Ashley Ford

Ashley Ford

I really, really like Ashley Ford. And judging by the gleeful wide-eyed responses I got when I mentioned to friends that I was profiling her for this blog, most people feel the same way. Granted, I only met her for about an hour at the apartment she shares with her husband Kelly Stacy in Brooklyn, but her warm spirit and sharp mind kept me excited for days after, and explains her massive following. She’s a prolific writer and interviewer, and gives her readers a warm, welcoming and honest response to being a woman in the modern world. In the short time we met, we chatted about work and her upcoming projects, fashion and how she once thought that would be her career path, books (she’s cool enough not to shame me for my desire to read Danielle Steel), cooking and her love for Samin Nosrat, and she even gave me history of the artwork throughout her home. Read on to learn about Ashley’s journey and upcoming projects…


Pink Grace Dress 



Can you tell us a little about your journey to NYC and how you ended up with the multifaceted career you have today?
There’s a longer version of this story, but I came to New York in May of 2014 to take a staff writing position at BuzzFeed. After about a year, I left BuzzFeed due to a combination of new contract work opportunities and grief-induced depression. At the time, I needed the flexibility freelancing afforded me to heal and recalibrate. By the end of 2016, I knew a few things I liked to do and knew I could support myself (and members of my family) doing them. Writing, editing, hosting, teaching, speaking, etc. These are all things I mostly find terribly fun, and I’m astounded I was able to cobble together a life and a living from doing work I generally enjoy. 




When we met, you mentioned that you wanted to be in the fashion industry when you first started college. What made you change your career path?


I was discouraged from my designing plans by a professor who essentially told me that at my weight and socioeconomic level, I would never be accepted by the world of fashion. Silly me, I was young and impressionable enough to believe her. It makes me sad to think of it now. I miss sketching out designs, sewing, and having serious conversations about fashion history as art history. I don’t regret leaning into my writing and love of words. However, I wish I’d known how much room I have for varied interests and desires.


You work from your beautiful home that your husband works from too! How do you manage to be productive and separate work from your time to relax and recharge?  

I don’t know how successful we are at that! It helps that we keep completely different work schedules, so I wake up early and write, and he stays up late to write after I’ve gone to bed. The middle of the day can be the real struggle. He’s my favorite person. It’s hard not to just want to hang out. We’re still always trying to figure out how to better manage our work from home life, and I’m still lobbying hard for an apartment with a second bedroom where I can close the door and immerse myself in my work.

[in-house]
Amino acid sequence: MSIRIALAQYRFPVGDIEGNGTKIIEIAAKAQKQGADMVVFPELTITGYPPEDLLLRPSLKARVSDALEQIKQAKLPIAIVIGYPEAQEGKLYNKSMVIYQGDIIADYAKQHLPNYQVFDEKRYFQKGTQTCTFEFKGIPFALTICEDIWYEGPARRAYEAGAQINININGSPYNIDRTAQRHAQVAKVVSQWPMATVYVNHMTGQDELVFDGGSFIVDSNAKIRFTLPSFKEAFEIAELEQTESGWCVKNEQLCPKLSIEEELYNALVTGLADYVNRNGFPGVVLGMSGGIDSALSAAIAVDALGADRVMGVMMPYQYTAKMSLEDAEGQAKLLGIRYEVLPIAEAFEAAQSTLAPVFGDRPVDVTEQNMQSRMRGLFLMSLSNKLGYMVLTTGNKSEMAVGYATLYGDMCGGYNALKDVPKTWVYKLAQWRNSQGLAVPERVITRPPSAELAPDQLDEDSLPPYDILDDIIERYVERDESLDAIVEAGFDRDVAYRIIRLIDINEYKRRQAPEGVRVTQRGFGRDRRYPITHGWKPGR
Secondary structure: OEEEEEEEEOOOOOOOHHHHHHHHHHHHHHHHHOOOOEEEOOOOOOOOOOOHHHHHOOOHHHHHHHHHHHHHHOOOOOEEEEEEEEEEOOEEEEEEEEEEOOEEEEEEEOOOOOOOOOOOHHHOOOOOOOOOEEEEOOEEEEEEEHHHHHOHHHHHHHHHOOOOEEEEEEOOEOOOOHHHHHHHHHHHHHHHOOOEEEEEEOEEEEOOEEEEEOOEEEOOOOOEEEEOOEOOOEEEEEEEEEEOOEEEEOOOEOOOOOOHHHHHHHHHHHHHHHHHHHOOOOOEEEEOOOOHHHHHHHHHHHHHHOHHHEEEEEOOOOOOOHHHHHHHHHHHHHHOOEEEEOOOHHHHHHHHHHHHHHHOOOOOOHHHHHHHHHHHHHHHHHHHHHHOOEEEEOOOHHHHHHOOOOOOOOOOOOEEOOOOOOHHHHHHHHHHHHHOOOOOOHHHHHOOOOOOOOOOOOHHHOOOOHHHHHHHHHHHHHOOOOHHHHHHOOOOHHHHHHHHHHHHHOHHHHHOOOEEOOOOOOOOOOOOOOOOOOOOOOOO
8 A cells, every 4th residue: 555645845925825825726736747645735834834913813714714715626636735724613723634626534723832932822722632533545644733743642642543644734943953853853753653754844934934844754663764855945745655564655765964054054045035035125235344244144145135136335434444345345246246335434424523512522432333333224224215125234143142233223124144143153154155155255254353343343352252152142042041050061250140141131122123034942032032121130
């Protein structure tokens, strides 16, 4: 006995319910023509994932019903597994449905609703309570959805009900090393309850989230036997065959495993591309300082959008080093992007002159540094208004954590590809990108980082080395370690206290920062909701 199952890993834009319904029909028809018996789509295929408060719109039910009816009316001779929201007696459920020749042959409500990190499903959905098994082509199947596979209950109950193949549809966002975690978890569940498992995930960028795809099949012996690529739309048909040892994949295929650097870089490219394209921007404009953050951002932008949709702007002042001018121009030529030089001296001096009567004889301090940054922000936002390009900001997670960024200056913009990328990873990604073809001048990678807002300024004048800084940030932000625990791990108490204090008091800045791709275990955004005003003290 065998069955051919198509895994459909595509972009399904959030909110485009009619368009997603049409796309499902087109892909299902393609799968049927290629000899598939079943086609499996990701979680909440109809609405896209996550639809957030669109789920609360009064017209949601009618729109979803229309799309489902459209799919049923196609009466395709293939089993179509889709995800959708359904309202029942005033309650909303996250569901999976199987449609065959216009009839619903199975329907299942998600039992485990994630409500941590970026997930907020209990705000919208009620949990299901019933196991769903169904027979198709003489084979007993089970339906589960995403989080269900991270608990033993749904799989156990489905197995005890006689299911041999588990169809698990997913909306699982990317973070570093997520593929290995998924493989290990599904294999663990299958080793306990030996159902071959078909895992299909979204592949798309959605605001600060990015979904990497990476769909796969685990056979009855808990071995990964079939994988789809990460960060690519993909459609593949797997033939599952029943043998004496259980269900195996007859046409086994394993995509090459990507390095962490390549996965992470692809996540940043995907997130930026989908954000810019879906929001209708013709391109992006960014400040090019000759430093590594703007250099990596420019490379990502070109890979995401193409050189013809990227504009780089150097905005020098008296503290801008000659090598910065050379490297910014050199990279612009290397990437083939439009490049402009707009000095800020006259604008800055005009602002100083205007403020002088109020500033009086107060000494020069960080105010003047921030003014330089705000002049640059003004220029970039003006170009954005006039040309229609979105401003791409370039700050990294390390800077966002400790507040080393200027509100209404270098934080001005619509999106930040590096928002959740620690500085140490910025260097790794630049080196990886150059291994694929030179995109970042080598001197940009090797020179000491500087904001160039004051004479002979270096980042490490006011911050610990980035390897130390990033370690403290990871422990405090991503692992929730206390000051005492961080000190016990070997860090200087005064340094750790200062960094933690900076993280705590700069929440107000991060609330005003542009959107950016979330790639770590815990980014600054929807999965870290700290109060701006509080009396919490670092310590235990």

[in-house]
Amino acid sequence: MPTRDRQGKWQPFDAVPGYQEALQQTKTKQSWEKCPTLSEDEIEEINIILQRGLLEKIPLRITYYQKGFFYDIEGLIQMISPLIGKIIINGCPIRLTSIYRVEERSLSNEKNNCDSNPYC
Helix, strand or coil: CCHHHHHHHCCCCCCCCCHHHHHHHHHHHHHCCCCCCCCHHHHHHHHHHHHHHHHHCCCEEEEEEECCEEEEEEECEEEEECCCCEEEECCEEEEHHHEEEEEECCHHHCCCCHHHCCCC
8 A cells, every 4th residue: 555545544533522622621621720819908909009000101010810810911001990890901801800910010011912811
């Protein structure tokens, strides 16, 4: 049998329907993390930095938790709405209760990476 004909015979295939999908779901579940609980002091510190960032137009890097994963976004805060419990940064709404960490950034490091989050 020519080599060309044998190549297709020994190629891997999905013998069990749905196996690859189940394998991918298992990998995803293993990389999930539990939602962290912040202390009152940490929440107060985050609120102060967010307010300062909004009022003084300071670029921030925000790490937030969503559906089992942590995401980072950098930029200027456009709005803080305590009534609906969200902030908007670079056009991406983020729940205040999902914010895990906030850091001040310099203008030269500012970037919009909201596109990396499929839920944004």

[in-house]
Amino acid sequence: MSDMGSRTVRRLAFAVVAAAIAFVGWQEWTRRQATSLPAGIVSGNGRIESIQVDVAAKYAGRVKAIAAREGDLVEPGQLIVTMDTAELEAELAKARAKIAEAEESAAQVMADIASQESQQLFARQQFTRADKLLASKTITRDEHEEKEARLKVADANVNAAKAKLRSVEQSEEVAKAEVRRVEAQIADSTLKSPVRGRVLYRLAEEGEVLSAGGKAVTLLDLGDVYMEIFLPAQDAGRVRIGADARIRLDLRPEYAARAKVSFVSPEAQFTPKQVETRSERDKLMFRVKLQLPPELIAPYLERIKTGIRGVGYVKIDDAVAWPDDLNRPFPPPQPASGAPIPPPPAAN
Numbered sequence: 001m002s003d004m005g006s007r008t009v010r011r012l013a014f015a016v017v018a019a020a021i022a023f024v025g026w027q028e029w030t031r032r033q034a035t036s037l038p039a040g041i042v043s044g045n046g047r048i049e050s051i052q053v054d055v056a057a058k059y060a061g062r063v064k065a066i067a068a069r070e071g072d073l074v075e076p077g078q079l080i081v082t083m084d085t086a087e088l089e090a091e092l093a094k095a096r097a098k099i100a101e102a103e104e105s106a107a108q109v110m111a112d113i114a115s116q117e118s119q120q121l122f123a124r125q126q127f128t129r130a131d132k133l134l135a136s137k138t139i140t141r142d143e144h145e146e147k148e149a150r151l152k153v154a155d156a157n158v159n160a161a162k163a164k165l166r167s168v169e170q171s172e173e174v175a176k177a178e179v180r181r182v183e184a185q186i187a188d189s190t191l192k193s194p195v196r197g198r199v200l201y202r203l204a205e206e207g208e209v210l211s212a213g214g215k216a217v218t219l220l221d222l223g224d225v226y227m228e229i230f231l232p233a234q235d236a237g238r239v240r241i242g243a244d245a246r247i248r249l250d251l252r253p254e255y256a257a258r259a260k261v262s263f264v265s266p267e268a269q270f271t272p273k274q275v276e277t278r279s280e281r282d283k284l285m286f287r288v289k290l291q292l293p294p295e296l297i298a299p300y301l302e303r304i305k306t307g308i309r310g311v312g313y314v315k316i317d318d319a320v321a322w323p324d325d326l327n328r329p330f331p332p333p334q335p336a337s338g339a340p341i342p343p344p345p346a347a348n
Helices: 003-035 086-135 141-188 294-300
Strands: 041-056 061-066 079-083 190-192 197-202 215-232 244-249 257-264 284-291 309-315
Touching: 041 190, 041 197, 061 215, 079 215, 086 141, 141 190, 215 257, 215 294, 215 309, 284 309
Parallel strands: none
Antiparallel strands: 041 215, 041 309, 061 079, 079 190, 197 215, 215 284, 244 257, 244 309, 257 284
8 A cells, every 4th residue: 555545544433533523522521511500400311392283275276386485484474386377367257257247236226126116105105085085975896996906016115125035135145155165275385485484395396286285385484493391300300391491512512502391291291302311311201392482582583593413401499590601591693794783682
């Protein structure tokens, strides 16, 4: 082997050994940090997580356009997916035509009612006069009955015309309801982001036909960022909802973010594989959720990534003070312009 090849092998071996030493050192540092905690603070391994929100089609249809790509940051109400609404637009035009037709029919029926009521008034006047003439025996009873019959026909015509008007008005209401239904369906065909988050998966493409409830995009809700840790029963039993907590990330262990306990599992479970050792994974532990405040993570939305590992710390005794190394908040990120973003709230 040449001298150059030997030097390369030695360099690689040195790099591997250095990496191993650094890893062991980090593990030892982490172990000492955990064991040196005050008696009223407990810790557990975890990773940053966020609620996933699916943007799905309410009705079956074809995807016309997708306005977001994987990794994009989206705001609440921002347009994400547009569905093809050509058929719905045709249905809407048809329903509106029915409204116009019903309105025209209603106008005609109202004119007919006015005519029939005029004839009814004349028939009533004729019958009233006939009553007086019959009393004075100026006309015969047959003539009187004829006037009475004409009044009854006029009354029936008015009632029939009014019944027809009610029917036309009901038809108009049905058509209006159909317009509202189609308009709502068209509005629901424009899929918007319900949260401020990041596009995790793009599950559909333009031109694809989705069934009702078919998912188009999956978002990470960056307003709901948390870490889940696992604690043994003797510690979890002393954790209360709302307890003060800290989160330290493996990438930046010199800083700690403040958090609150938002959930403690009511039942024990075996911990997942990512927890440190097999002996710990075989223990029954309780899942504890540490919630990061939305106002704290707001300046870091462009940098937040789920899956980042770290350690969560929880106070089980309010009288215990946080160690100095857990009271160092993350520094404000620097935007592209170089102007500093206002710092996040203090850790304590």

Plaid Grace Top, Royal Simone Jeans 


I love reading your pieces about body image, confidence and issues women deal with on a daily basis. Does the writing process help you tackle these issues in your own life, or do you write more from an outside point of view?

Writing about my body and photographing my body helped me learn to love my body. Post-puberty my agitation with my body led to me kind of ignoring the fact of my body. I just tried not to think about my body at all. Even when I was studying fashion, I only wanted to design for other people with bodies unlike mine. I didn’t believe the size or shape of me was worthy of consideration in the making of something beautiful. I thought the sizes and shapes of my body were inherently unworthy. It’s been a great and surprising pleasure to learn how wrong I was, and how beautiful I am the way I am.



I hear you’re working on a book! Can you tell us a little about that and what other projects you currently have in the pipeline?

I am! It’s a memoir called Somebody’s Daughter, and it’s the hardest biggest thing I’ve ever done. I also host a show for BuzzFeed News called PROFILE which a lot of fun. And I’m always working on a few other things behind the scenes.

What advantages do you think being a woman can bring to a career in writing, podcasting and hosting? Do you have a community you depend on, or is it a more solo endeavor?

I don’t know that it’s because I’m a woman, but I am fascinated by people, and I love a deep non-judgemental conversation. I’ve been lucky to have a community of people who check in on me and who I keep up with personally and professionally, but I also spend a lot of time alone. It’s just how I am.




Do you have any mentors, idols or role models you admire?
Roxane Gay, Dolly Parton, Chaz Ebert, Min Jin Lee, Oprah, Mr. Fred Rogers, Zora Neale Hurston, and Brené Brown.
What about style icons?
Lizzo, Lena Waithe, and Lupita Nyong’o





These days I’m loving...




Jumpsuits and overalls


Sex Education 


The Right Swipe by Alisha Rai, Shout by Laurie Halse Anderson, The Book of
Delights by Ross Gay


 Clinique’s Take The Day Off makeup remover for the days when I come home wearing TV makeup

 “Me time” activity

Listening to a podcast and sketching on my ipad


Images by Julia Hembree, shot in the Brooklyn, NY